“They don’t say the rate is too much,” Pritam said, smiling.
“They just want to have fun and don’t care. When the man returns after the fun is over, he might regret it but it is too late.”
“Do they go all the way?”
Manik smiled. “If you are paying two hundred and fifty rupees, won’t you go all the way? And these are married people, they have experienced sex before, they will not be satisfied with a little bit of kissing, holding hands and staring at the water and talking romantic nonsense.”
Pritam fell silent. He watched Manik push the oar into the water and pull it up in a mechanical manner. A steamer boat, with a viewing deck, went past, carrying a group of young men and women, in t-shirts, jeans and sneakers. They were laughing and singing songs, accompanied by clapping. A couple of the men were drinking beer from cans. Manik raised a palm of recognition to the other boatman.
They remained silent for a few minutes. Then Pritam said, “Tell me, Manik Babu, what is the secret of happiness?”
Manik did not reply at once. Instead, he pushed the oar a few times. Then he said, “Happiness is when you have a wife, who does not nag, who is understanding and kind-hearted. A wife makes a big difference to a man’s life. A good woman is a rare and great thing.”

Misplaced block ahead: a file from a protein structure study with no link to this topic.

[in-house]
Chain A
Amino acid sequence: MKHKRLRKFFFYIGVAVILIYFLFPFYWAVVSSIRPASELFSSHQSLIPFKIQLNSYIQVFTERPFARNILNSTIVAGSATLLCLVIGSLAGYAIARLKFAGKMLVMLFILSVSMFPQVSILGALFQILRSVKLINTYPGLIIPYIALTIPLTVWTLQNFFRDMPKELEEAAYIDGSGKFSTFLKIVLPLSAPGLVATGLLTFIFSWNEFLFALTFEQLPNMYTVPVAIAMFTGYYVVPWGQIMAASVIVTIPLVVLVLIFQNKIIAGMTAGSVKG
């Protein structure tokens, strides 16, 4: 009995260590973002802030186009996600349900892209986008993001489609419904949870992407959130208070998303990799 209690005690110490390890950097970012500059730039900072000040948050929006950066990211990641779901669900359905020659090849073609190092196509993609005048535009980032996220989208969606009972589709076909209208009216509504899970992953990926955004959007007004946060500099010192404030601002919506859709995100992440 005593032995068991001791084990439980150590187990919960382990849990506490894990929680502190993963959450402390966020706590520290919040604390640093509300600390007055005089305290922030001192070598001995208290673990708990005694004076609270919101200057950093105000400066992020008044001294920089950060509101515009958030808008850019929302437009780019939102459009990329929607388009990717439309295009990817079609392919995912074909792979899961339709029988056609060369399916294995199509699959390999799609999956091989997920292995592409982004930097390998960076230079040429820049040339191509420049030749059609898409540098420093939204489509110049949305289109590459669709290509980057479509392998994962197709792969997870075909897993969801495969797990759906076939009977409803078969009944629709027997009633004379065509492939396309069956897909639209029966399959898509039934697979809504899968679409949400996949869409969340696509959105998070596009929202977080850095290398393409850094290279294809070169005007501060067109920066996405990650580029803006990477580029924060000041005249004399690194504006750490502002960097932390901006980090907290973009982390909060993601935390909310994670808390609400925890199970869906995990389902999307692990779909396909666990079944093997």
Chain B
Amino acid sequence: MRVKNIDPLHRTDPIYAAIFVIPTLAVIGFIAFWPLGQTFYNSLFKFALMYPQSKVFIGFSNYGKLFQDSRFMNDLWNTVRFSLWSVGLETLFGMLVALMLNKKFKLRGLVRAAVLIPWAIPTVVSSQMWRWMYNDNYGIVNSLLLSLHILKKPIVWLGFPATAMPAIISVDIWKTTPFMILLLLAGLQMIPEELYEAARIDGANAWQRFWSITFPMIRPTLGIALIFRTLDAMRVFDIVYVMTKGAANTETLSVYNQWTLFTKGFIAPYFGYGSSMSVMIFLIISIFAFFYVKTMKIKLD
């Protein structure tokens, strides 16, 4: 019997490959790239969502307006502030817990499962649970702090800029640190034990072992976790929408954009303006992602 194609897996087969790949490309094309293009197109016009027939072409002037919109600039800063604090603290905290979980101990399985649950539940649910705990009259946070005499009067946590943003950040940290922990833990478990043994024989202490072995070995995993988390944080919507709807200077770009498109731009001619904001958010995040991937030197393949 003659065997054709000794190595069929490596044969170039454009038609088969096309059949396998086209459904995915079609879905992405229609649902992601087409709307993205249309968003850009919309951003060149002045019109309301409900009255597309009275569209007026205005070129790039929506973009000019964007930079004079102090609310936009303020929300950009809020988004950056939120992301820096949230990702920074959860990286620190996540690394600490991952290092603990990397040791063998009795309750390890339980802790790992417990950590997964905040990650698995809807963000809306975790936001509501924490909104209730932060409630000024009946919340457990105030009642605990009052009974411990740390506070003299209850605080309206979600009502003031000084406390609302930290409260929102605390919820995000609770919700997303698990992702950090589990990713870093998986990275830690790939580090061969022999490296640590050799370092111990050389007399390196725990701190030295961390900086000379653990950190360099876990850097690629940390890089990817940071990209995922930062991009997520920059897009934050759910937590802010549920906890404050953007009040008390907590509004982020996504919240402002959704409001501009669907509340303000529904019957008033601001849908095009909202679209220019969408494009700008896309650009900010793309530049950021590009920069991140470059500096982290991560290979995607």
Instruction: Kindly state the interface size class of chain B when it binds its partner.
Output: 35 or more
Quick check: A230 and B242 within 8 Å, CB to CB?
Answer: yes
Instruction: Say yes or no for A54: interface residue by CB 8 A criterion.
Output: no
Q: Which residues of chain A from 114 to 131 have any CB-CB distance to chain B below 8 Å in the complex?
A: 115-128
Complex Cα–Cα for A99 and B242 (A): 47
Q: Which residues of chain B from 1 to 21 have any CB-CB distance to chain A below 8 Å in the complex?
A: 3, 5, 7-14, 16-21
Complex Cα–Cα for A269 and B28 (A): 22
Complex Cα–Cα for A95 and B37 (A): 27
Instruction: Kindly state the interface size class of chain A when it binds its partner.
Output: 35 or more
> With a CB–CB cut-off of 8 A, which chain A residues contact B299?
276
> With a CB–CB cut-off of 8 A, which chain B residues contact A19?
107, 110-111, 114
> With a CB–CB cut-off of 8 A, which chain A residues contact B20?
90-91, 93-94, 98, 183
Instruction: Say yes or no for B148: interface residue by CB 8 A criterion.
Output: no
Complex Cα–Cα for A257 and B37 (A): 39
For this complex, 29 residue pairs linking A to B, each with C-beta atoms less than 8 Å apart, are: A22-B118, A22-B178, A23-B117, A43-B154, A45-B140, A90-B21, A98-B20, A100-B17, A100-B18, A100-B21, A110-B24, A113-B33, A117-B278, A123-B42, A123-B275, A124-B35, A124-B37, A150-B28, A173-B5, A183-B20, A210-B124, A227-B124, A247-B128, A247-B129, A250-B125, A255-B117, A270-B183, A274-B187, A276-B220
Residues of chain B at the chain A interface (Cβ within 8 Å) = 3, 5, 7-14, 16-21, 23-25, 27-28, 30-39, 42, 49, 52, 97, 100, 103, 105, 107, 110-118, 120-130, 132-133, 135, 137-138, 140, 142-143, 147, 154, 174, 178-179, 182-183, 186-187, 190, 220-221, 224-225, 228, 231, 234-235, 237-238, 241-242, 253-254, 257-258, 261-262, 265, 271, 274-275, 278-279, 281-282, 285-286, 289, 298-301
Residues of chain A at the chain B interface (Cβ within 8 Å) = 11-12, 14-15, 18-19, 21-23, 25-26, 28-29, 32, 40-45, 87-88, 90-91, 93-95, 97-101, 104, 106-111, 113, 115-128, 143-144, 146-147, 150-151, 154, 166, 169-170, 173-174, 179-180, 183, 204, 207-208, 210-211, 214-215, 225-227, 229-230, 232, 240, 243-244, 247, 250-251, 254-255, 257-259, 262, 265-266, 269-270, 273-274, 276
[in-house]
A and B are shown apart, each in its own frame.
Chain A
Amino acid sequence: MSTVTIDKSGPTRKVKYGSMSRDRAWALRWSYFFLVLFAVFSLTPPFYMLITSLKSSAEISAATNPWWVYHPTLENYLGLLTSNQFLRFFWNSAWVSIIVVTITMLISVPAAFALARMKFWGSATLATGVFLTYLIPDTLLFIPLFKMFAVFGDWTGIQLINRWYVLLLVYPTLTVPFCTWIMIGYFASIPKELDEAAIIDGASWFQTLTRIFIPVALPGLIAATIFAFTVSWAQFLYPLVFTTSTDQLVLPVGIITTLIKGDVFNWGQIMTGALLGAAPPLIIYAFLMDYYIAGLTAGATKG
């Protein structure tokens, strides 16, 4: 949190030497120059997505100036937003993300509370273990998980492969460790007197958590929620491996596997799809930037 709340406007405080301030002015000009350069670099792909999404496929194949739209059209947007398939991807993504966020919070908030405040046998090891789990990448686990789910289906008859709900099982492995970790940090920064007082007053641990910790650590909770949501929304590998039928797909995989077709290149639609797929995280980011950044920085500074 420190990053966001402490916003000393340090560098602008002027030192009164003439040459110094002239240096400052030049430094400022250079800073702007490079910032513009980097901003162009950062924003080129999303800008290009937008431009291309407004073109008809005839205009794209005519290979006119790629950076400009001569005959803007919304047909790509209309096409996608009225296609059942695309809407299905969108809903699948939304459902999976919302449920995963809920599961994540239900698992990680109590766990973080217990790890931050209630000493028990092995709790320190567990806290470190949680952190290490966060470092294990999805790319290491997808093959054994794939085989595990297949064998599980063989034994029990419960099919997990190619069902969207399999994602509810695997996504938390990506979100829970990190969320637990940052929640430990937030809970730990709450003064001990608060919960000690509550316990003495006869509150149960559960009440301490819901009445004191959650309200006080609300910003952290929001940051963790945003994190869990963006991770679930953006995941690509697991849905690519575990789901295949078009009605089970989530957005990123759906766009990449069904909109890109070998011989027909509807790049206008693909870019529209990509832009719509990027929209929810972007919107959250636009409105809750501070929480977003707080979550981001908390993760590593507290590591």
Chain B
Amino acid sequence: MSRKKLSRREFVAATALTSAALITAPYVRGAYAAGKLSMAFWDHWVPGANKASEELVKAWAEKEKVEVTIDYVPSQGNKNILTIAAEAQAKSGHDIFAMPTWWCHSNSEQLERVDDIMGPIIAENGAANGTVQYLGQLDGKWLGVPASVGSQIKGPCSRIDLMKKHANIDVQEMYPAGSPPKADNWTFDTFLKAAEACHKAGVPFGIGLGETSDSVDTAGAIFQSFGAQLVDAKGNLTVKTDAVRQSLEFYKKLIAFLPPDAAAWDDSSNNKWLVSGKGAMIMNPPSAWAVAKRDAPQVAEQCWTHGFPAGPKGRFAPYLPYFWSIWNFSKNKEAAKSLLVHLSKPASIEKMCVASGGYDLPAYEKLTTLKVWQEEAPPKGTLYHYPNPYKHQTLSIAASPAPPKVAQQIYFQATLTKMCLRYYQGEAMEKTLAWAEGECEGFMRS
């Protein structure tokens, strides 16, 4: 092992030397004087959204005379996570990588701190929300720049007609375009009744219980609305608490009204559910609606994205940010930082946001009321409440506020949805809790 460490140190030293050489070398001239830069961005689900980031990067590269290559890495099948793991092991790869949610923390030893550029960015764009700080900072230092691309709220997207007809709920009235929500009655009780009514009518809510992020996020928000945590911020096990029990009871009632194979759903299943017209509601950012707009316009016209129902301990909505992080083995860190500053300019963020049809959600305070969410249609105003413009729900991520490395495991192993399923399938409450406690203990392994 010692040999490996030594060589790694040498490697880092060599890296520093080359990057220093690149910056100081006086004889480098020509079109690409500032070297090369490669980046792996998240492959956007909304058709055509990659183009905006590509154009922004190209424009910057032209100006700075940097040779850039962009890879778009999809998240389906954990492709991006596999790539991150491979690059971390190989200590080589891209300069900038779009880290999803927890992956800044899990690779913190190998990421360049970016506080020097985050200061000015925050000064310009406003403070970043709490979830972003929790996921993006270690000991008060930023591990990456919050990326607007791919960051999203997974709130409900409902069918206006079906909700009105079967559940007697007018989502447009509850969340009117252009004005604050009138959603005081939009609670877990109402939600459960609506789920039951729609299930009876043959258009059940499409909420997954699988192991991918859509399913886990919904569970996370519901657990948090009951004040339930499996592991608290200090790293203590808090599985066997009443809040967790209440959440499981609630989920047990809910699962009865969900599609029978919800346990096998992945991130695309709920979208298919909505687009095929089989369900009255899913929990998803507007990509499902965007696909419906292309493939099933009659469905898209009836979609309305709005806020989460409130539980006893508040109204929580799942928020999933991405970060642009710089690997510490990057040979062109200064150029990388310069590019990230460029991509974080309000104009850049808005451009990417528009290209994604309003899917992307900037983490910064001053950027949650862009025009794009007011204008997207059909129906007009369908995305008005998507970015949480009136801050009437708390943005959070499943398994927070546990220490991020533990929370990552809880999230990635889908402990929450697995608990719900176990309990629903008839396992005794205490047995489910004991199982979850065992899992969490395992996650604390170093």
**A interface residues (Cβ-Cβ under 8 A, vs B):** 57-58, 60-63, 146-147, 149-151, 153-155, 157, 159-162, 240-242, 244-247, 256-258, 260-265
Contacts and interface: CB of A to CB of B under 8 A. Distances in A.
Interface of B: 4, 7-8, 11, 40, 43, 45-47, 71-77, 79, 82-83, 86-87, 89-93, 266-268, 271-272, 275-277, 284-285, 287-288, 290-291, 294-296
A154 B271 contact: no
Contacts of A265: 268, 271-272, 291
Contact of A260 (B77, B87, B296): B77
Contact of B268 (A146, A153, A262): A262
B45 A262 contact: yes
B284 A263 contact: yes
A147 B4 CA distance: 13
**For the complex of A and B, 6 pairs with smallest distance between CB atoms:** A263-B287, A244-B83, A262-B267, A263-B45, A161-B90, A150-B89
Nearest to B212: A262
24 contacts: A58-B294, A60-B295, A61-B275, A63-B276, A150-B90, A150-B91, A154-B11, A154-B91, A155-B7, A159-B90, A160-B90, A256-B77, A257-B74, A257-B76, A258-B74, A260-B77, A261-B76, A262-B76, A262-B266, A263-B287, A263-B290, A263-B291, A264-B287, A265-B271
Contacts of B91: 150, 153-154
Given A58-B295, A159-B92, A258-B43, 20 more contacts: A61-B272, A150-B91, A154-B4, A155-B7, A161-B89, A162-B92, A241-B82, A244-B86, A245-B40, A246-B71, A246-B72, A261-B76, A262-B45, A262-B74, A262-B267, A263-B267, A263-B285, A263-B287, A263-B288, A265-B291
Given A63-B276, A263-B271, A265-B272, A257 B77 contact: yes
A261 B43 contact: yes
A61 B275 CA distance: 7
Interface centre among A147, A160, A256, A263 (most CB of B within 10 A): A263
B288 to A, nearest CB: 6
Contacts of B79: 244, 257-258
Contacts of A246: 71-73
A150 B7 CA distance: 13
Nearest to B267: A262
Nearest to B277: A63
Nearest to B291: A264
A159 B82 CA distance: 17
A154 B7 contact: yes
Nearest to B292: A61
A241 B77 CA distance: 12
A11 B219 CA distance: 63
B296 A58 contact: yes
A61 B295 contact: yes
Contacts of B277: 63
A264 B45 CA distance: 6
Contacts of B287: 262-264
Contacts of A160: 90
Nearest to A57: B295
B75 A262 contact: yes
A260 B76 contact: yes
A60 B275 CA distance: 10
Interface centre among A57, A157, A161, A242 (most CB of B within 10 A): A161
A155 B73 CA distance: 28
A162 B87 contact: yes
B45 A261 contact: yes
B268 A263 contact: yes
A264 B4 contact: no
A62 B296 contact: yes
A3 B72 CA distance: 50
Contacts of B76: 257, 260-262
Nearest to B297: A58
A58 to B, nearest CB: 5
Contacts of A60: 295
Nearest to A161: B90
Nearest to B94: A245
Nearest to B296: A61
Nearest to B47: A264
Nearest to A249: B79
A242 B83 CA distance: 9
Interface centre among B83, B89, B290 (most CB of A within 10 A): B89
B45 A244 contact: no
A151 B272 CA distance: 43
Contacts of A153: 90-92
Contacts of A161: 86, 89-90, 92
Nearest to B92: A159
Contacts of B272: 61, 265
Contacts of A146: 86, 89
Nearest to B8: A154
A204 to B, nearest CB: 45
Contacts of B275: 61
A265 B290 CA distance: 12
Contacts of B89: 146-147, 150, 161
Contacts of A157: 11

“Do you not get bored with your wife?” Pritam said.
“To be honest, yes, at times, I do. Things change when the children come and your wife’s attention is diverted. Tell me, are you married?”
The question was abrupt and unexpected.
“Of course, I am,” Pritam said, his eyes widening in surprise, “why do you ask?”
“Just like that,” Manik said, staring at Antara sitting on the other end, “does your wife work?”
“No,” Pritam said, instinctively realising that Manik was looking for a negative answer.
“You must make sure that she does not work in an office,” Manik said, in a sotto voce. “Women get tempted easily. Young men are infatuated by these young married women, or boudis, as they are called in Bengali. They feel that the boudis are only interested in sex and not in sentimental talk. Boudis do go to bed with these young studs because they are bored with their ageing husbands, who are not as active as when they just got married. You have to be careful.”
Pritam looked at Antara but she seemed to be lost in a world of her own, with her face still on her knees.
“I agree,” Pritam said, “but how do you know all this?”
“I am not talking from direct experience,” Manik admitted. “I have friends who work in offices in Calcutta and they tell me many stories.”
Pritam nodded. Again, there was a silence.